Associate Professor Linda Bennett1 & Dr Belinda Spagnoletti1,2
1Nossal Institute For Global Health, 2Center for Reproductive Health
With cervical cancer causing the death of 50 Indonesian women each day, the imperative of upscaling the nations’ efforts in preventing, screening for and treating cervical cancer is crystal clear. What is less clear, however, is how women’s and girls’ rights are considered, contested and neglected in recent cervical cancer interventions. This paper draws on findings from a current four-year study on human papillomavirus (HPV) vaccination, and screening and treatment for cervical cancer in Indonesia that has revealed a quagmire of issues related to ethics and equity. Specifically, we problematise issues of informed consent in relation to HPV vaccination, outreach screening events, and the contested requirement of husband approval for women to receive cancer-related health care. We also discuss challenges in ensuring equity in HPV vaccination access, discrimination in screening access for unmarried women, and differential access to prevention, screening and treatment for women living outside of major urban centres and for the urban poor. The paper draws on data collected with women affected by cervical cancer, health professionals engaged in cervical cancer prevention, screening and treatment, and members of community-based advocacy organisations in Yogyakarta and Jakarta.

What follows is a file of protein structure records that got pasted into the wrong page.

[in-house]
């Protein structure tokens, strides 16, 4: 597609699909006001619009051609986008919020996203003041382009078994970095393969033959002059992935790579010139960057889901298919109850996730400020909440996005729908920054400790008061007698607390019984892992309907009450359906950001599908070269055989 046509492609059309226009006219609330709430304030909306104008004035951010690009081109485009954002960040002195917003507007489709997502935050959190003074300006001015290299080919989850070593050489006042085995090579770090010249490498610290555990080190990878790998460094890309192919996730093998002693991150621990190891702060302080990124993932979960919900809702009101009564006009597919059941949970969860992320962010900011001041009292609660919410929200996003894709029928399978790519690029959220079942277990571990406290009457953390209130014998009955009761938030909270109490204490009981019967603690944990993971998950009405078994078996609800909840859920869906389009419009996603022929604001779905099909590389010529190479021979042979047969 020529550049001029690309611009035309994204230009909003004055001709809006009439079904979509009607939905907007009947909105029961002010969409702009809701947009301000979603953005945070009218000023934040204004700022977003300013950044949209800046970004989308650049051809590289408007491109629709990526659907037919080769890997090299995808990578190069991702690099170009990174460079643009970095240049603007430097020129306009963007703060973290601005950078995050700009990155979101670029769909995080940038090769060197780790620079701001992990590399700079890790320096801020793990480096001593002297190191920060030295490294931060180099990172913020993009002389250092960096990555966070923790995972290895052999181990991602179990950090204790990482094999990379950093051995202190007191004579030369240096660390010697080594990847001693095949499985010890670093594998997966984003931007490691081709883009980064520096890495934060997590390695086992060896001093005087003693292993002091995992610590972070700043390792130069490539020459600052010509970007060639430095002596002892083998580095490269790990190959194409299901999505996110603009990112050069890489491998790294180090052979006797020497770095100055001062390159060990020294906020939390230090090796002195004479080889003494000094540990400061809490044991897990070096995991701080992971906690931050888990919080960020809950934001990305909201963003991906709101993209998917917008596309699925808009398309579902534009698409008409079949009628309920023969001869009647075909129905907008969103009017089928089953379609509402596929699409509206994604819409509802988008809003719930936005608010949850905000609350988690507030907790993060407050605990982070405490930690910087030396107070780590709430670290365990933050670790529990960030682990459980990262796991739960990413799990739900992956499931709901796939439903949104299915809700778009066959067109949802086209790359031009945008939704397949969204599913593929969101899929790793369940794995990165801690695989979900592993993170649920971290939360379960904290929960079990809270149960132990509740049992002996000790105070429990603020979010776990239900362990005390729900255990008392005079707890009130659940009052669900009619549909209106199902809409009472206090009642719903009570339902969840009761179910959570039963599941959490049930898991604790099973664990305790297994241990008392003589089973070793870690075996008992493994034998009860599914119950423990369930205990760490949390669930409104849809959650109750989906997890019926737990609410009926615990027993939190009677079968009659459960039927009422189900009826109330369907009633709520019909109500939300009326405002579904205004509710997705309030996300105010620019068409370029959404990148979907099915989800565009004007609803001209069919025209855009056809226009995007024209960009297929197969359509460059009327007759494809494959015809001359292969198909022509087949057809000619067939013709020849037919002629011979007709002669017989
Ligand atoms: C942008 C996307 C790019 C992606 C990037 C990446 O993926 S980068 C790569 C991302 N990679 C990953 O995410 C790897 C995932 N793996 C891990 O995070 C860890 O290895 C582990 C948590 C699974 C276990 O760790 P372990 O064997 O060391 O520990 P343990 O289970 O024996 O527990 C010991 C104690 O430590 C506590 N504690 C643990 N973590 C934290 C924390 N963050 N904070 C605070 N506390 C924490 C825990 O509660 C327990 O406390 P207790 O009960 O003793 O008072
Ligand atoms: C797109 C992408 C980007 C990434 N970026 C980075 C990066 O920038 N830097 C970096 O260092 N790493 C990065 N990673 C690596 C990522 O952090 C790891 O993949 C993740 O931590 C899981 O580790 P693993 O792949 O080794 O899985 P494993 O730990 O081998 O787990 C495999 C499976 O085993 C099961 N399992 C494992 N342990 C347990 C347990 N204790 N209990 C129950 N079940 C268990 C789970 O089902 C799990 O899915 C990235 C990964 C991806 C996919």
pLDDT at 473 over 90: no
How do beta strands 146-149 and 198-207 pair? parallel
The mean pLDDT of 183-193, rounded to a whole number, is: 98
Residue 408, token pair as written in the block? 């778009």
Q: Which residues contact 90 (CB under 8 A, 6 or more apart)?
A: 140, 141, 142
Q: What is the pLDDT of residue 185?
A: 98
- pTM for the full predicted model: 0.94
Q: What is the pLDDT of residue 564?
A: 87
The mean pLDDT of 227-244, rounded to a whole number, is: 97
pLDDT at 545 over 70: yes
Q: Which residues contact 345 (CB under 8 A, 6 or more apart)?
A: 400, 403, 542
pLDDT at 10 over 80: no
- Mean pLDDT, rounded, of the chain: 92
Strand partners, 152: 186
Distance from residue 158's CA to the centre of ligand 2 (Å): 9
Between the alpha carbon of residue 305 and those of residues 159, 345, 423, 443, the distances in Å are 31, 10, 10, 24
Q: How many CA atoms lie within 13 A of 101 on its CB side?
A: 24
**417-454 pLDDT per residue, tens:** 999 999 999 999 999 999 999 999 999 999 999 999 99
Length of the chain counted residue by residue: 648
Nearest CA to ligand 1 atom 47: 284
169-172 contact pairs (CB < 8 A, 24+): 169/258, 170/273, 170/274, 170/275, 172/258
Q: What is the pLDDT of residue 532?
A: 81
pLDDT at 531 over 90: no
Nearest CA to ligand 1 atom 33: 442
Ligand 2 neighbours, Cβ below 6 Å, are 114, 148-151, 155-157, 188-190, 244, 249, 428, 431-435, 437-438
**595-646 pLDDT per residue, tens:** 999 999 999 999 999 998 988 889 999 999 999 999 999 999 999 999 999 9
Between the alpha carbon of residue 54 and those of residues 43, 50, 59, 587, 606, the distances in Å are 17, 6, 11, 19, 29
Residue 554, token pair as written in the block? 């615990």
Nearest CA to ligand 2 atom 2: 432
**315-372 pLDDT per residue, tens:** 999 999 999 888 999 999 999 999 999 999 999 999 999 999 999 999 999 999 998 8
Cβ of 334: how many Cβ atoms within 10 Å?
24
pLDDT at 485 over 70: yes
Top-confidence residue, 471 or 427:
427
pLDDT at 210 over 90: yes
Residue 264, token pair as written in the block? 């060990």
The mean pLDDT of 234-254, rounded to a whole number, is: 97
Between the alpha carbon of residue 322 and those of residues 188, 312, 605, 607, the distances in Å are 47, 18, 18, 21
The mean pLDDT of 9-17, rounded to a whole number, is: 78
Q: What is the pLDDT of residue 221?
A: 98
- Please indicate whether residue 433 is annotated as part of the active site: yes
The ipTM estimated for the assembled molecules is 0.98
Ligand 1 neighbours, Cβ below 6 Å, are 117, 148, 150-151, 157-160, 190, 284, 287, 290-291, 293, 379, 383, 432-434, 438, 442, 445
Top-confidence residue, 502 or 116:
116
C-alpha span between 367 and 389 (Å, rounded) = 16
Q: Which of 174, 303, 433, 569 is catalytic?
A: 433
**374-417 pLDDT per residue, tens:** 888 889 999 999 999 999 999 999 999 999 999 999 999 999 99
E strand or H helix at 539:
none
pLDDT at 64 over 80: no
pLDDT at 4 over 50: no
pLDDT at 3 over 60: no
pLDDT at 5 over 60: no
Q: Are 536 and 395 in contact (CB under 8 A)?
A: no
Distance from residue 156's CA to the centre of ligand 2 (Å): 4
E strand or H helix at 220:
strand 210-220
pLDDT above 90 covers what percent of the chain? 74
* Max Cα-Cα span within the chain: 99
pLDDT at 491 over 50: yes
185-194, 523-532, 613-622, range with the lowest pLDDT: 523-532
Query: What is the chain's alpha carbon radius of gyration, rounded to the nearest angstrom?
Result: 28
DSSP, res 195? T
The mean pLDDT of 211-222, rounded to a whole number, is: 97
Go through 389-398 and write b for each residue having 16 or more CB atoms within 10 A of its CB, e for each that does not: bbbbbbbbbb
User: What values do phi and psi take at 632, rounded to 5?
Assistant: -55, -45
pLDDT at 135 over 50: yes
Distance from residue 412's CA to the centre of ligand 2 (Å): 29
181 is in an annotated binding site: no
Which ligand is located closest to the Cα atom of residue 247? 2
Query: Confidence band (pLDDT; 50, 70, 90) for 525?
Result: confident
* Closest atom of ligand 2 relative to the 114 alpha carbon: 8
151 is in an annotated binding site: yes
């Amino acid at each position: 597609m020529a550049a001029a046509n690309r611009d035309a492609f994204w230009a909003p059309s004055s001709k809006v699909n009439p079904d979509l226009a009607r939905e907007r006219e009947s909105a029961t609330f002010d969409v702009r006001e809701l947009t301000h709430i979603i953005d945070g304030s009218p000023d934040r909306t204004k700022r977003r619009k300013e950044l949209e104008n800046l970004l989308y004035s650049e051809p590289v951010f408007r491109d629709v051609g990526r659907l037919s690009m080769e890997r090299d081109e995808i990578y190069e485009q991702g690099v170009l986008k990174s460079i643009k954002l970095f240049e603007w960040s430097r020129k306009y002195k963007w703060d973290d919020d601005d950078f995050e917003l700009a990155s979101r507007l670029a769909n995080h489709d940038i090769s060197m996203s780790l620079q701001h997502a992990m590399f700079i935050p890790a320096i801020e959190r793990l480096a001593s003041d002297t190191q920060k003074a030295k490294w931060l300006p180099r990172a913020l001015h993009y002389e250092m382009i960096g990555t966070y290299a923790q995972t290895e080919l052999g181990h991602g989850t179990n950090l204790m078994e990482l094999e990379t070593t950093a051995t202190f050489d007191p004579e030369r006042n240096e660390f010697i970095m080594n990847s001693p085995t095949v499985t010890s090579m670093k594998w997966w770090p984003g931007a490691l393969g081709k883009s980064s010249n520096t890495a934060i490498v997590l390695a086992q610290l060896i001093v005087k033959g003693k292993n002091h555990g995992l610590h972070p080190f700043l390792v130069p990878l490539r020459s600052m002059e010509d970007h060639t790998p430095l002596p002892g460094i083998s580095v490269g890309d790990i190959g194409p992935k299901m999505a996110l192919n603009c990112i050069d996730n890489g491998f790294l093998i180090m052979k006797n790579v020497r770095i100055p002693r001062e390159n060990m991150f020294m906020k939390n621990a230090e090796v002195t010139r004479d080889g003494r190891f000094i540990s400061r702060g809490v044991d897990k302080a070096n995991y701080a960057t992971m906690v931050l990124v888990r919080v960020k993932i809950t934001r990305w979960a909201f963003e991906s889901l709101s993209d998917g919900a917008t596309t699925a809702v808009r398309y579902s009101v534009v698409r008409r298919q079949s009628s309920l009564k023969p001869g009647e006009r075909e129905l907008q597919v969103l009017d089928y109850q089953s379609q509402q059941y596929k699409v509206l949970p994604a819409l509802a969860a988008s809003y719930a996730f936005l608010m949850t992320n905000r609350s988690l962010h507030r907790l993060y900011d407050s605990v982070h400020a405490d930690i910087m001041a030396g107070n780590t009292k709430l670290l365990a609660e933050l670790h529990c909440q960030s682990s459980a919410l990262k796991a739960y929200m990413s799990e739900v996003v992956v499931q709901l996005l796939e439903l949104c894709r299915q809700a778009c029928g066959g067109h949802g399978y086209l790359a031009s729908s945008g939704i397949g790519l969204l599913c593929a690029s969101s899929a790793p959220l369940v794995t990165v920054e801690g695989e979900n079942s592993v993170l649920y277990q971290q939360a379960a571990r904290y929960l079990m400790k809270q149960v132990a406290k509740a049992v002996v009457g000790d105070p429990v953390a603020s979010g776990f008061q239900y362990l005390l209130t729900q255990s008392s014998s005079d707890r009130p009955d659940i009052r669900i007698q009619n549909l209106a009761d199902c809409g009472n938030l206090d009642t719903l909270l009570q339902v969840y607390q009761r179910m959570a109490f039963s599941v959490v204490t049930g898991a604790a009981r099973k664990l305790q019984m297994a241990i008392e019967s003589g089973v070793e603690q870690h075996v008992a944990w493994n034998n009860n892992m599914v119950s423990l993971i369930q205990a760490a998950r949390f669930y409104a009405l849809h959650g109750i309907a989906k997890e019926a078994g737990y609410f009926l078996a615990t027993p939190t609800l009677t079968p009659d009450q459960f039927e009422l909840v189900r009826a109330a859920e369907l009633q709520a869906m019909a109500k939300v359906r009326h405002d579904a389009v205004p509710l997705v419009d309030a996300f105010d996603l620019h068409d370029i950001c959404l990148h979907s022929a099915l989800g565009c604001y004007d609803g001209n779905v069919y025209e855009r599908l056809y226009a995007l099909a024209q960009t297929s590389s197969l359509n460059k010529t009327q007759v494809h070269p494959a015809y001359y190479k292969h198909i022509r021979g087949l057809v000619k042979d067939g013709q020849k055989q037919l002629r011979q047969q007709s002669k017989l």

Linda Rae Bennett is a medical anthropologist and Associate Professor at the Nossal Institute for Global Health, the University of Melbourne. She has over 20 years of experience in Indonesia, particularly in the areas of gender and sexuality, sexual and reproductive health and rights, gender-based violence and health equity.